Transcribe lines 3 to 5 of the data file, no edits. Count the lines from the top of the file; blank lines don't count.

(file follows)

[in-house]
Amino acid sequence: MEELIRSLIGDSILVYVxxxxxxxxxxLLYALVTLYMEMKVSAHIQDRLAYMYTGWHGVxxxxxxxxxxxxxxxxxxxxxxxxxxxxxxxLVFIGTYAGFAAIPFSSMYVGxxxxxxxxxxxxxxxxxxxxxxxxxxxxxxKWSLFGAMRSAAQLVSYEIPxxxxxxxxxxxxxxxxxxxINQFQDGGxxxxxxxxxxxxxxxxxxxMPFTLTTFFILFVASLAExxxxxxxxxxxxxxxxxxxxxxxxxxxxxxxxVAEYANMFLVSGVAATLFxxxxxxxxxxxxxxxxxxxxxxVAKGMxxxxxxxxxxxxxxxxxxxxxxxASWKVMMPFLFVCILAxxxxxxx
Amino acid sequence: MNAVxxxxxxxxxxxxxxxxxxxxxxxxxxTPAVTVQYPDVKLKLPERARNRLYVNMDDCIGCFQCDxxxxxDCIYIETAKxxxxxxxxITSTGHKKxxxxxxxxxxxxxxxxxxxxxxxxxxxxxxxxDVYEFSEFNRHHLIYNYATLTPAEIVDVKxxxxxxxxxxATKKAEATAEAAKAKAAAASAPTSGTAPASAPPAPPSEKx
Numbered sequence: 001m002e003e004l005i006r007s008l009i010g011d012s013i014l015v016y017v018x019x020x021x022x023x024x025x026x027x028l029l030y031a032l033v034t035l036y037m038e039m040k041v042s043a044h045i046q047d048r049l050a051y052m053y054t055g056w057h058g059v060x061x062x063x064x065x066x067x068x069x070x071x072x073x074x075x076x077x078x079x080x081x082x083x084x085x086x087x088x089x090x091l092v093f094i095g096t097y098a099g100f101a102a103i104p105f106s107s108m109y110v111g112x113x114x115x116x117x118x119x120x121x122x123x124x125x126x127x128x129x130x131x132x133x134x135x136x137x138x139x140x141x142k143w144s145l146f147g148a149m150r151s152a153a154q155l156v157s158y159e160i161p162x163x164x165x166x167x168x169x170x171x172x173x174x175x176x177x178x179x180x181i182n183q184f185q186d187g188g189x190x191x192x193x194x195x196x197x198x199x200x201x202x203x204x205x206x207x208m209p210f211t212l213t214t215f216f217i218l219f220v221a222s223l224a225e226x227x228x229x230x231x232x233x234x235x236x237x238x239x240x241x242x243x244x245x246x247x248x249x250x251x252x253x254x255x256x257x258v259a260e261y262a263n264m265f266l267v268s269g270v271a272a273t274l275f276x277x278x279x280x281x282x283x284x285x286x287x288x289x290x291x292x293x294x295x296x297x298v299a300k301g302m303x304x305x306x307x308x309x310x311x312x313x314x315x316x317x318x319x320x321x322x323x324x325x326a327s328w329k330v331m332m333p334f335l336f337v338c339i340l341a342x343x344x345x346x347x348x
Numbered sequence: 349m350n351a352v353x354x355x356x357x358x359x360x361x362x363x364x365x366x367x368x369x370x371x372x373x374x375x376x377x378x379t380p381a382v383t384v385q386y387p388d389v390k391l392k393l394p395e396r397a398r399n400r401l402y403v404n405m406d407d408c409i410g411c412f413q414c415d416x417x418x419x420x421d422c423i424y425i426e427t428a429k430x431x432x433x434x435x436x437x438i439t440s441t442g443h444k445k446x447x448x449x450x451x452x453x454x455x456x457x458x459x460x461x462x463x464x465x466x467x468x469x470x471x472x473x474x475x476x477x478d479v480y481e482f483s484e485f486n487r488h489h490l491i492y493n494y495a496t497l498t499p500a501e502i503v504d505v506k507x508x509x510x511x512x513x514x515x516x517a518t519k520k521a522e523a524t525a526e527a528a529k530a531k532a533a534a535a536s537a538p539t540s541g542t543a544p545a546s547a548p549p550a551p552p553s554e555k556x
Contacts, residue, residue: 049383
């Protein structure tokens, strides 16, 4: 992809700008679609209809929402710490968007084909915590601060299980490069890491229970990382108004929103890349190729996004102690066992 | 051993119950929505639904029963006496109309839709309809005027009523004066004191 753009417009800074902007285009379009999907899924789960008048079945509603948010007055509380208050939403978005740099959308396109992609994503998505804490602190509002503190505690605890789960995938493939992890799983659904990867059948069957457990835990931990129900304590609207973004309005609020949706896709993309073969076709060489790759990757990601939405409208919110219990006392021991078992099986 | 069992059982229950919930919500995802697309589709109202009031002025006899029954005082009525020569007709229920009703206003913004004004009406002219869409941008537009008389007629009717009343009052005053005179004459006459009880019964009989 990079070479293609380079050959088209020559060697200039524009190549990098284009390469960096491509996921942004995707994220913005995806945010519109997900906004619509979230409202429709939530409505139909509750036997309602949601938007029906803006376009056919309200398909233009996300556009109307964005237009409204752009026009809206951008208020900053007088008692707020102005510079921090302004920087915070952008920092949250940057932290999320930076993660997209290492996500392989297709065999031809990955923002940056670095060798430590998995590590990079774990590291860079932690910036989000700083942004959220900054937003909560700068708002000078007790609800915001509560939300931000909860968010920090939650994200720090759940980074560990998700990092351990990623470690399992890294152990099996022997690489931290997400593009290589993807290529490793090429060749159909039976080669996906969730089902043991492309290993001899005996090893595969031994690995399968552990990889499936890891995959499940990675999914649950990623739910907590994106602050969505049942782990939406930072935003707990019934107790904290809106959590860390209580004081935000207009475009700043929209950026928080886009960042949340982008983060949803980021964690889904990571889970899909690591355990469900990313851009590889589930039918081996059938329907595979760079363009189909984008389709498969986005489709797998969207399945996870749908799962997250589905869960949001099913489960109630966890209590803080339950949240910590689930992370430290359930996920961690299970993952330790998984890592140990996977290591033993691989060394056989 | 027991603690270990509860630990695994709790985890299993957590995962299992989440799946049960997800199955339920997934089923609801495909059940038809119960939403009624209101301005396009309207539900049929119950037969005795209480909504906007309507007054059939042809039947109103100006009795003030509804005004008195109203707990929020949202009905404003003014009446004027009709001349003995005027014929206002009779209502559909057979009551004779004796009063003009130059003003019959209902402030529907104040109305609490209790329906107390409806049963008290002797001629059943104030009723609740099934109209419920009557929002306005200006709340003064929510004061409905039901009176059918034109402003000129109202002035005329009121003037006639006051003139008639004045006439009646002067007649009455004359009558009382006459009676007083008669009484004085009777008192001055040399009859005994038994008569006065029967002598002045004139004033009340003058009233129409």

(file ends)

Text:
Amino acid sequence: MNAVxxxxxxxxxxxxxxxxxxxxxxxxxxTPAVTVQYPDVKLKLPERARNRLYVNMDDCIGCFQCDxxxxxDCIYIETAKxxxxxxxxITSTGHKKxxxxxxxxxxxxxxxxxxxxxxxxxxxxxxxxDVYEFSEFNRHHLIYNYATLTPAEIVDVKxxxxxxxxxxATKKAEATAEAAKAKAAAASAPTSGTAPASAPPAPPSEKx
Numbered sequence: 001m002e003e004l005i006r007s008l009i010g011d012s013i014l015v016y017v018x019x020x021x022x023x024x025x026x027x028l029l030y031a032l033v034t035l036y037m038e039m040k041v042s043a044h045i046q047d048r049l050a051y052m053y054t055g056w057h058g059v060x061x062x063x064x065x066x067x068x069x070x071x072x073x074x075x076x077x078x079x080x081x082x083x084x085x086x087x088x089x090x091l092v093f094i095g096t097y098a099g100f101a102a103i104p105f106s107s108m109y110v111g112x113x114x115x116x117x118x119x120x121x122x123x124x125x126x127x128x129x130x131x132x133x134x135x136x137x138x139x140x141x142k143w144s145l146f147g148a149m150r151s152a153a154q155l156v157s158y159e160i161p162x163x164x165x166x167x168x169x170x171x172x173x174x175x176x177x178x179x180x181i182n183q184f185q186d187g188g189x190x191x192x193x194x195x196x197x198x199x200x201x202x203x204x205x206x207x208m209p210f211t212l213t214t215f216f217i218l219f220v221a222s223l224a225e226x227x228x229x230x231x232x233x234x235x236x237x238x239x240x241x242x243x244x245x246x247x248x249x250x251x252x253x254x255x256x257x258v259a260e261y262a263n264m265f266l267v268s269g270v271a272a273t274l275f276x277x278x279x280x281x282x283x284x285x286x287x288x289x290x291x292x293x294x295x296x297x298v299a300k301g302m303x304x305x306x307x308x309x310x311x312x313x314x315x316x317x318x319x320x321x322x323x324x325x326a327s328w329k330v331m332m333p334f335l336f337v338c339i340l341a342x343x344x345x346x347x348x
Numbered sequence: 349m350n351a352v353x354x355x356x357x358x359x360x361x362x363x364x365x366x367x368x369x370x371x372x373x374x375x376x377x378x379t380p381a382v383t384v385q386y387p388d389v390k391l392k393l394p395e396r397a398r399n400r401l402y403v404n405m406d407d408c409i410g411c412f413q414c415d416x417x418x419x420x421d422c423i424y425i426e427t428a429k430x431x432x433x434x435x436x437x438i439t440s441t442g443h444k445k446x447x448x449x450x451x452x453x454x455x456x457x458x459x460x461x462x463x464x465x466x467x468x469x470x471x472x473x474x475x476x477x478d479v480y481e482f483s484e485f486n487r488h489h490l491i492y493n494y495a496t497l498t499p500a501e502i503v504d505v506k507x508x509x510x511x512x513x514x515x516x517a518t519k520k521a522e523a524t525a526e527a528a529k530a531k532a533a534a535a536s537a538p539t540s541g542t543a544p545a546s547a548p549p550a551p552p553s554e555k556x